Southeast Missouri State University student publication

Kaitlyn Shea runs to new heights as Southeast track and field continues success

Sunday, February 16, 2020
Kaitlyn Shea (#466), Carli Knott (#462) and Sydney O'Brien (#465) leading the pack during the Saluki Invite on Aug. 31.
Photo by Tom Weber

Senior distance runner Kaitlyn Shea has played a big role in the Southeast Track and Field team’s success over the last four years.

Shea set a personal best in the 2,000-meter steeplechase with a time of seven minutes and 12.14 seconds on March 22 at the Vanderbilt Black and Gold Invitational. Less than two months later, she won gold in the 3,000-meter steeplechase with a time of 10:50.30 at the Ohio Valley Conference Outdoor Track and Field Championship on May 9. On Feb. 14 Shea broke the Southeast 3,000 meters indoor record with a time of 9:32.79.

Shea got off to a running start when she was five or six years old, courtesy of her father, who encouraged her to participate in 5k races.

“I would win as a little girl,” Shea said. “I just didn’t want to run because I was six, you know?”

Shea credits her dad for being one of the individuals with the biggest impact on her career.

“He would pick me and my brothers up from school … and then we’d get out and realize ‘Oh he ran to school today,’ and we’d have to run home with our bags and stuff,” Shea said. “Sometimes our friends would come home with us, and we’d be like ‘We have to run home.’ And they were like, ‘What?’ and we said ‘Oh yeah this is what he does.’”

Shea said she always made her dad carry her backpack on those runs home.

“I would be walking or like you know, complaining,” Shea joked.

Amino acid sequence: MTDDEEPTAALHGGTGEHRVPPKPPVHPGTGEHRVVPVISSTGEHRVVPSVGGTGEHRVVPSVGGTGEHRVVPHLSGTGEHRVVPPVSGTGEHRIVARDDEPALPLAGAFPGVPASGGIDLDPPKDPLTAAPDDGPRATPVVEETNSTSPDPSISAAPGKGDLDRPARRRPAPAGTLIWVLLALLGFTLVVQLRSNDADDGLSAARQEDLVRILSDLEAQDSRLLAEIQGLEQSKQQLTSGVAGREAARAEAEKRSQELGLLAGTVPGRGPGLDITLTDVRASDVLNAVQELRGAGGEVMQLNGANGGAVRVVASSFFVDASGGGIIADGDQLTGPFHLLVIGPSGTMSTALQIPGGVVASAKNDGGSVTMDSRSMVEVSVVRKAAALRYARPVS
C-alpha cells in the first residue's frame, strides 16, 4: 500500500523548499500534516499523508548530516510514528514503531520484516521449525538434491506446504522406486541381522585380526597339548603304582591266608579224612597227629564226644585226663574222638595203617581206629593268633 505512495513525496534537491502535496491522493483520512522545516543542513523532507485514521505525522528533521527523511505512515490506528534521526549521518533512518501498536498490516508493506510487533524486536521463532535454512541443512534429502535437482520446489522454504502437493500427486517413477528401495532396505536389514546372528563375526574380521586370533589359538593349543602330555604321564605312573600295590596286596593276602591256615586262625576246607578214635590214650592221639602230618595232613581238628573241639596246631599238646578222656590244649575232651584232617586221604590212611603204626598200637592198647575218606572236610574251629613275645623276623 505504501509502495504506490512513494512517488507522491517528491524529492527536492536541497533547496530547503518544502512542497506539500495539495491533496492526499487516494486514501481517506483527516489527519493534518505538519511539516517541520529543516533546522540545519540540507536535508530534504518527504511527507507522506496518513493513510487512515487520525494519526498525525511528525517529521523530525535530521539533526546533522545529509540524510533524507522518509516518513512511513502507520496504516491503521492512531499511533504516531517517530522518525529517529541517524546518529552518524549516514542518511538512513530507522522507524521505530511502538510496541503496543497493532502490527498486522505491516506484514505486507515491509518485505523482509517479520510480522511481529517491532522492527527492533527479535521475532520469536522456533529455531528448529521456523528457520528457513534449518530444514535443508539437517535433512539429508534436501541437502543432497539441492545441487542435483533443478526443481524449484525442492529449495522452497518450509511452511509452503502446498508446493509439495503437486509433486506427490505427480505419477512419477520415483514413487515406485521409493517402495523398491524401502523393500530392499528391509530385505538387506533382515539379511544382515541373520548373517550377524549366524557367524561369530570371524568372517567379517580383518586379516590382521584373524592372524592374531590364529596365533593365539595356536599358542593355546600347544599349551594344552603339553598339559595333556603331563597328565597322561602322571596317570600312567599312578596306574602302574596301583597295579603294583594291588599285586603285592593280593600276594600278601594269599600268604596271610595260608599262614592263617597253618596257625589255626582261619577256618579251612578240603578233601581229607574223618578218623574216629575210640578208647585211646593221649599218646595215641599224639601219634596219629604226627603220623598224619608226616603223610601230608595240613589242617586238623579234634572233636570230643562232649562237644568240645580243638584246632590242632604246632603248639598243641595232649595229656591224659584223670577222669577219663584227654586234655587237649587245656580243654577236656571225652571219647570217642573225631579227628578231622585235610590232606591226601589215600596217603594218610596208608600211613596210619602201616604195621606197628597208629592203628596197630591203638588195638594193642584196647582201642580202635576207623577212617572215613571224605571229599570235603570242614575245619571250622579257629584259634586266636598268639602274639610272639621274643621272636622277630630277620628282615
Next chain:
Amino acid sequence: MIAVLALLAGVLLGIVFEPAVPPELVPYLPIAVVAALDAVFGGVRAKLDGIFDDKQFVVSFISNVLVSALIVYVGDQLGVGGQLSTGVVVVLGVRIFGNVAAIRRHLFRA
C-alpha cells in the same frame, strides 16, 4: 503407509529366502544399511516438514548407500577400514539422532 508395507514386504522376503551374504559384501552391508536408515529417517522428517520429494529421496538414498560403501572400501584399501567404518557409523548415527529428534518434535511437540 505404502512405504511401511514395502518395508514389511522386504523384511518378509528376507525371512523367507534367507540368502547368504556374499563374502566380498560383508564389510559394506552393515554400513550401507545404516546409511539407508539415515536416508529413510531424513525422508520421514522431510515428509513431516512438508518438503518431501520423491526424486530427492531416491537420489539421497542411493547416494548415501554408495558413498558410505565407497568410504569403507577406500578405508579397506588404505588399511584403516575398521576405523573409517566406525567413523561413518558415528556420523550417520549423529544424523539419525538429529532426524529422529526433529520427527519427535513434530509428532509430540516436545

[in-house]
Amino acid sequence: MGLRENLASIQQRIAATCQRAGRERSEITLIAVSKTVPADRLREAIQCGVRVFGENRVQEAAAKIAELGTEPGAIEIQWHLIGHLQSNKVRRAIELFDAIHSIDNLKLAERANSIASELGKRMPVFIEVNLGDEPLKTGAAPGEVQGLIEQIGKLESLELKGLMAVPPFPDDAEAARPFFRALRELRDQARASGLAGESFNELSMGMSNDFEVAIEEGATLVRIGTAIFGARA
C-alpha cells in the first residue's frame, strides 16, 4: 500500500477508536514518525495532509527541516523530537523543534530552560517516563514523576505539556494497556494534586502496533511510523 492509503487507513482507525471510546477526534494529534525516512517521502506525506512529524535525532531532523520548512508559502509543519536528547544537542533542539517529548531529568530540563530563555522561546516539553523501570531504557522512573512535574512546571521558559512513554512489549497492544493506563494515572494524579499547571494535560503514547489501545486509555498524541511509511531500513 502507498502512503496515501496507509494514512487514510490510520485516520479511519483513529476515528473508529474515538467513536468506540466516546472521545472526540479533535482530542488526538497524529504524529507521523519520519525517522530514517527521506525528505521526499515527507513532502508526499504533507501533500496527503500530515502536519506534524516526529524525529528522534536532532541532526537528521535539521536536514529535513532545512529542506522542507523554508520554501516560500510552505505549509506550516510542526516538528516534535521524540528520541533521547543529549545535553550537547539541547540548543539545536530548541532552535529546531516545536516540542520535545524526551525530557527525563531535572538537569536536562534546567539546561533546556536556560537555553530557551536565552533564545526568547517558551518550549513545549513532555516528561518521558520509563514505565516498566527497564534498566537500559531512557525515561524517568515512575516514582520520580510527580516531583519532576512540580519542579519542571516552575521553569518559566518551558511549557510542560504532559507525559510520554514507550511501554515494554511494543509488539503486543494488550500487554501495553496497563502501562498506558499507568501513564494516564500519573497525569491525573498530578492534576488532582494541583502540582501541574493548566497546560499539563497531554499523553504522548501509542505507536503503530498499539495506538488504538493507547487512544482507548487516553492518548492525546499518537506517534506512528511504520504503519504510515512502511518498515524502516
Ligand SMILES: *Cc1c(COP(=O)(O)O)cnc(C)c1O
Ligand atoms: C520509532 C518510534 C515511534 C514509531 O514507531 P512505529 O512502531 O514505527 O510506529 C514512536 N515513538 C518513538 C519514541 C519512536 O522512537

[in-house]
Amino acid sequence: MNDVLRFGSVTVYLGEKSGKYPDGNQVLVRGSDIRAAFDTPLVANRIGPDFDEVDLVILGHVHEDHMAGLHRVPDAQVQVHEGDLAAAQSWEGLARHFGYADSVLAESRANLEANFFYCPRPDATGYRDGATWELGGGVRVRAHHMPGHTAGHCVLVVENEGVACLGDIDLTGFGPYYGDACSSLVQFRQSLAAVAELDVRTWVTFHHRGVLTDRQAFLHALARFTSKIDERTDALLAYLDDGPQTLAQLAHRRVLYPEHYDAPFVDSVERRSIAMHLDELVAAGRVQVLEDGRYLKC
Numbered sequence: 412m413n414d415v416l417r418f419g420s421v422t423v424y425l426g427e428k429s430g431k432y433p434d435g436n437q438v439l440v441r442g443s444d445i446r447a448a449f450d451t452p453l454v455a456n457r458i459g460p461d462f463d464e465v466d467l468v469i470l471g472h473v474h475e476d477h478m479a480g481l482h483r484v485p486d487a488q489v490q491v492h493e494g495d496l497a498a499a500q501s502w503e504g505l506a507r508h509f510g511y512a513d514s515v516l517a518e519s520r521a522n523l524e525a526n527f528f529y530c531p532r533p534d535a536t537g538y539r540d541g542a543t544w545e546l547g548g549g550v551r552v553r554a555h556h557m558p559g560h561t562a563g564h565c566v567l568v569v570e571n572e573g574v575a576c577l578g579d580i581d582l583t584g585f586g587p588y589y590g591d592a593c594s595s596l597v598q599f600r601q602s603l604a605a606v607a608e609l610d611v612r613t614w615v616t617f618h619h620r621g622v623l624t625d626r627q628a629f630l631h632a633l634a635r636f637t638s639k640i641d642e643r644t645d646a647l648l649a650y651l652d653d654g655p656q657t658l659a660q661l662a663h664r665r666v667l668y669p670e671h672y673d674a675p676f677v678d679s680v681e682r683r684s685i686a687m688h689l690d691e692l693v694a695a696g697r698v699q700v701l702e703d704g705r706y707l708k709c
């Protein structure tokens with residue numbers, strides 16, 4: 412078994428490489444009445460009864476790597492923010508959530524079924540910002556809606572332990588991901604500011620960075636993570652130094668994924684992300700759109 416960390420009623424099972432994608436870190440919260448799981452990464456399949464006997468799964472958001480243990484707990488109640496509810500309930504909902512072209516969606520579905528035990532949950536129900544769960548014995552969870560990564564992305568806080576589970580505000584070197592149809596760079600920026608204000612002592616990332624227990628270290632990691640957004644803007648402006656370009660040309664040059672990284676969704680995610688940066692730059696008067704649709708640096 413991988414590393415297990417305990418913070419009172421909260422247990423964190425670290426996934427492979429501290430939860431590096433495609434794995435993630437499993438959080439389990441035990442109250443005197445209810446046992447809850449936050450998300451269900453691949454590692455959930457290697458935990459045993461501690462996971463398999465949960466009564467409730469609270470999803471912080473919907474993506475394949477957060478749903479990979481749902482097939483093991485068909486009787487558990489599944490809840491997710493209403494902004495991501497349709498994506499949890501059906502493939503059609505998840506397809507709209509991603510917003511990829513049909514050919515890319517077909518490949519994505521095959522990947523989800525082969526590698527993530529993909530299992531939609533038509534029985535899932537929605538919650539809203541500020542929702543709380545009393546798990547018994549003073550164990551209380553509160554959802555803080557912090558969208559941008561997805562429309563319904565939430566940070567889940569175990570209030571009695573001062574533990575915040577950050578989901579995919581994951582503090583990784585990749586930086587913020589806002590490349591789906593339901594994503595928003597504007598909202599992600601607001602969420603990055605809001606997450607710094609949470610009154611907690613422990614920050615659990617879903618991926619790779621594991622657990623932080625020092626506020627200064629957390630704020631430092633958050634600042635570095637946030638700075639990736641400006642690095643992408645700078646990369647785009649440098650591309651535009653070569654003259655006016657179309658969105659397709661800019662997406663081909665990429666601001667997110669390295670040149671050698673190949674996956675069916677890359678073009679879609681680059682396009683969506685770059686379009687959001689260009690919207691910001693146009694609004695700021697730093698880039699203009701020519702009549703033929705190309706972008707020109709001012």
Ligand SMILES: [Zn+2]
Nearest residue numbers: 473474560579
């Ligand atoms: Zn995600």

The realization she could compete at the college level came during the summer before her senior year of high school.

“I knew that I was going to try to get recruited,” Shea said. “I trained that summer, and I trained that winter.”

Shea recalled a former high school coach who taught her the ‘be tough’ mentality.

“He had the like, ‘be tough’ mentality and just run through anything,” Shea said. “Try your best no matter how you’re feeling [and] always run the race and give it everything.”

One of Shea’s pre-meet rituals is a shakeout about five hours before she is supposed to compete. She said another part of her pre-meet ritual includes listening to Drake or Eminem and taking daily ice baths.

“[You] maybe jog like a mile or two miles to get your body alert,” Shea explained.

Shea said one of the things that stuck out about Southeast was the relationships between the coaches and athletes.

“I just didn’t feel like another number on the team,” Shea said. “Track teams can get really, really big and then it’s kind of like you’re replaceable. So I like that it wasn’t that way here.”

Shea said some of her favorite memories come from road trips.

“As much as I don’t like traveling, I like traveling,” Shea said. “Freshman year, we played truth or dare on the bus. That was pretty funny.”

Shea and her teammates are back in action Feb. 14 when the Redhawks travel to Bloomington, Indiana, for the Hoosier Hills Invite.

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